There are customers that we have had, especially with these COVID supply chain issues that had several million dollars of inventory sitting on a dock, just waiting on a couple parts. And those parts were things that they never even thought about for the last several years. And to get them spun up with a different supplier would’ve been, a nightmare; new tooling costs, several months of development, even though they already knew how to make the part. These customers are finding with 3D that you can get first articles in a matter of a couple weeks in most cases and some version of a production delivery in the next month or so.
6. A lot of people still think of 3D printing as just for prototypes, but are you feeling momentum that companies are seeing the desire to move into high volume 3D printing?
Matt Petros: Absolutely. 3DEO is shipping very regularly orders of hundreds of thousands of metal parts. This is not typical of 3D printing, whether it’s metal or otherwise, you’re talking about prototypes or one-offs, and here we are delivering over a hundred thousand pieces a year consistently to several customers. And I think that’s just the beginning for us.
7. What are the recent statistics on the rise of 3D printing?
Dayton Horvath: My favorite leading indicator is venture capital investment because the amounts are usually disclosed and we can see what technology categories or material classes that those technology categories work with, where that money’s really flowing. Although not all of it’s disclosed, that just gives us a nice floor to think about. So when I say that the 3D printing industry has seen a 28% growth in venture capital investment every year since 2017, with 2021 being of 1.2 billion, in an industry that some say a market size globally of printer sales services, meeting parts made, and material sales is only 10 to 12 billion. That’s crazy to think that there’s more than 10% coming in annually, just in new investment. Where is this explosion of growth going to go in the next three to five years? And so that’s the excitement that I see day in, day out and try to keep track of, because it’s turned into a full-time job.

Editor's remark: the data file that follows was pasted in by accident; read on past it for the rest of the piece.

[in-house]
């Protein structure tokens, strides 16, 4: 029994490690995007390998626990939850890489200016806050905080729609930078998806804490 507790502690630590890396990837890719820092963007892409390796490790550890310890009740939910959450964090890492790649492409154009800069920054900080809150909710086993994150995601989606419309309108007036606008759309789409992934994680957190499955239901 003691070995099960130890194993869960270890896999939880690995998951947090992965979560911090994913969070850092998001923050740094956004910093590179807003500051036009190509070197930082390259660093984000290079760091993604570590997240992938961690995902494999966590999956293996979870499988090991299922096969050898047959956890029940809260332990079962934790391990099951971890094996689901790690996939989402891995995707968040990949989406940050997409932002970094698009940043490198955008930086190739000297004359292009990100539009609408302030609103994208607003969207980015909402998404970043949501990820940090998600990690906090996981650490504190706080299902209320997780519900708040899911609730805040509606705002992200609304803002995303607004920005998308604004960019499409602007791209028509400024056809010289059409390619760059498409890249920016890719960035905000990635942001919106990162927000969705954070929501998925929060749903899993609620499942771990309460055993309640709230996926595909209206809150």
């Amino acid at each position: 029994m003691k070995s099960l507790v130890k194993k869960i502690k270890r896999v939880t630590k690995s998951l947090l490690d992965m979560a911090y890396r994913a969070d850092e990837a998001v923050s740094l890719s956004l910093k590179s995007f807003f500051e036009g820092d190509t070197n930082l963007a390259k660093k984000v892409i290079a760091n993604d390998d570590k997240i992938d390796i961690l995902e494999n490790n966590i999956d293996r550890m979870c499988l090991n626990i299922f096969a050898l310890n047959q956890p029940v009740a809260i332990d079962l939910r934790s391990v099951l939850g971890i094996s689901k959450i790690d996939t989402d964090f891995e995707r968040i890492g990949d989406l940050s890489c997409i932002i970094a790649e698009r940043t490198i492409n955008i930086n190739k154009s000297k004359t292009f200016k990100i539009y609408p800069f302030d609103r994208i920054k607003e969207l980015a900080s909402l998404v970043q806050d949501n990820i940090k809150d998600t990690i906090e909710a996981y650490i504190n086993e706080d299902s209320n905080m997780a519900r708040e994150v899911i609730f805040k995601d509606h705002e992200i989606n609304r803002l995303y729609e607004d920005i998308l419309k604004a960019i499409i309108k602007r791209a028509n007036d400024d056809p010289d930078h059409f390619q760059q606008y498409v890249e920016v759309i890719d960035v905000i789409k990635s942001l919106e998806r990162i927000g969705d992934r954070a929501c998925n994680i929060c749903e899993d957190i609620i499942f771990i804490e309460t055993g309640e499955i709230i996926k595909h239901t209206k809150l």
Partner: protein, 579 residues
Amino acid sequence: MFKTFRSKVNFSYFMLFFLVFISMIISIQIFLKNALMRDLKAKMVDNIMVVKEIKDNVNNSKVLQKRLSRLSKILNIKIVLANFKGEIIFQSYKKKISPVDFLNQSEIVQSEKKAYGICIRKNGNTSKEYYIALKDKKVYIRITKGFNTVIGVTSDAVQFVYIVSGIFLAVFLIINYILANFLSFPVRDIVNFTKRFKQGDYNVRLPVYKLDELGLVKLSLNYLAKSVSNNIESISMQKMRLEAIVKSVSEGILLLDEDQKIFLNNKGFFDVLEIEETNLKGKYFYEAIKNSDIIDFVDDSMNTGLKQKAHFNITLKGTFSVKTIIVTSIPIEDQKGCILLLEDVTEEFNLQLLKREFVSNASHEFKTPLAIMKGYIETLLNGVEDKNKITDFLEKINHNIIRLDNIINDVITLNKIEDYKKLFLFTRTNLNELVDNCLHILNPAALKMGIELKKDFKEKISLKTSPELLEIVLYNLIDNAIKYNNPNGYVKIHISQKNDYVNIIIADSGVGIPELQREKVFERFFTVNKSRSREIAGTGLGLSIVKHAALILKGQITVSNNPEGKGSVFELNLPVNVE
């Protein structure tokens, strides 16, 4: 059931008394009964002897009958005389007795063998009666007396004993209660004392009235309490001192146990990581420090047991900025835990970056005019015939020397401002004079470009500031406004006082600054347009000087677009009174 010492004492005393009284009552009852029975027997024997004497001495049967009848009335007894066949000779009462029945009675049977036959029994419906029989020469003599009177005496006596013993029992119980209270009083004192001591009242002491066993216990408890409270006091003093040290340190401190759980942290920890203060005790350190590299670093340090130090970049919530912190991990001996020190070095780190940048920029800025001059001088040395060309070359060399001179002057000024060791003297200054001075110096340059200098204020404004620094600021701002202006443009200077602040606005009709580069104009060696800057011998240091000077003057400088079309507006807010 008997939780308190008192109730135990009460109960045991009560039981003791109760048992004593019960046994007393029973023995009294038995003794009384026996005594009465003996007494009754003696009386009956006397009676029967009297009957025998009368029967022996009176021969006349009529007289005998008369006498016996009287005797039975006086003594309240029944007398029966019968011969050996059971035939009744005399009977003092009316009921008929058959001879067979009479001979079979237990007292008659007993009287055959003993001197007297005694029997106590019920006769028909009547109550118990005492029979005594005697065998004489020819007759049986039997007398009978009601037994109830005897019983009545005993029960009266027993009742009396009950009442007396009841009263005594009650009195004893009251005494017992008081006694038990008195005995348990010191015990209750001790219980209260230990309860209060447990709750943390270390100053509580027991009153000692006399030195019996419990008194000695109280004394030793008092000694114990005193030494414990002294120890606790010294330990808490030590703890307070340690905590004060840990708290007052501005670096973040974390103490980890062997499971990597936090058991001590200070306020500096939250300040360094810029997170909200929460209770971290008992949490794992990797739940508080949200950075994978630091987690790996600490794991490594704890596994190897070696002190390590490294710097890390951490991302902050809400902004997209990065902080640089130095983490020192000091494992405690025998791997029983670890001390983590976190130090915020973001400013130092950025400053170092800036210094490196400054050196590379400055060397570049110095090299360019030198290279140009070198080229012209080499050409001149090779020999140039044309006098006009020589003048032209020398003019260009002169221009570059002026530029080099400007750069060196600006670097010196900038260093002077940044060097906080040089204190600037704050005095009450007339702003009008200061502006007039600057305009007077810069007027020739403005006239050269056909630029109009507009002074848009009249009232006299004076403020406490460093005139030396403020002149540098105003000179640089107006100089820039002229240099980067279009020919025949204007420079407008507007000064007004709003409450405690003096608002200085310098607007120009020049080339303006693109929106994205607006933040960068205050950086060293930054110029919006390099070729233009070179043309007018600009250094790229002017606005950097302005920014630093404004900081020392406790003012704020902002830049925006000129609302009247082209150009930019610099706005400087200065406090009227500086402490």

8. Are there any supply chain issues for additive manufacturing such as, you know, starting costs of additive manufacturing, equipment, parts, etc.?
Matt Petros: Absolutely. I like to think that we’re bulletproof, but the reality is that we live amongst everybody else in these supply chains and we’re dependent on machine tool suppliers, powder, and lot of the things that this panel has been saying are tactics that we take to try to mitigate that risk. So absolutely 3D printing suppliers are not immune from supply chain issues.
9. What’s your one sentence “hot take” on how 3D printing can affect the supply chain?
Mark Christensen: Every company should evaluate 3D printing to see if it can help them solve some of those supply chain challenges, either long lean times, hard to get products, launching a new product line. They want to be able to get those products out there earlier and be able to be more competitive in the marketplace. I would just suggest everybody to take a look at how 3D printing can really help solve some of those key supply chain problems that are plaguing us today.
3DEO is the world’s highest volume manufacturer of 3D printed precision, metal components made with our patented metal 3D printing technology and digital manufacturing platform. Our additive manufacturing expertise is in complex geometries and designs for small, less than four cubic inch components.
At 3DEO we help our customers avoid supply chain issues through frequent deliveries from our us based factory with no minimum order quantities. With our unique capabilities, we have enabled our customers to launch products faster, eliminate backlog, and bring more technically advanced products to life.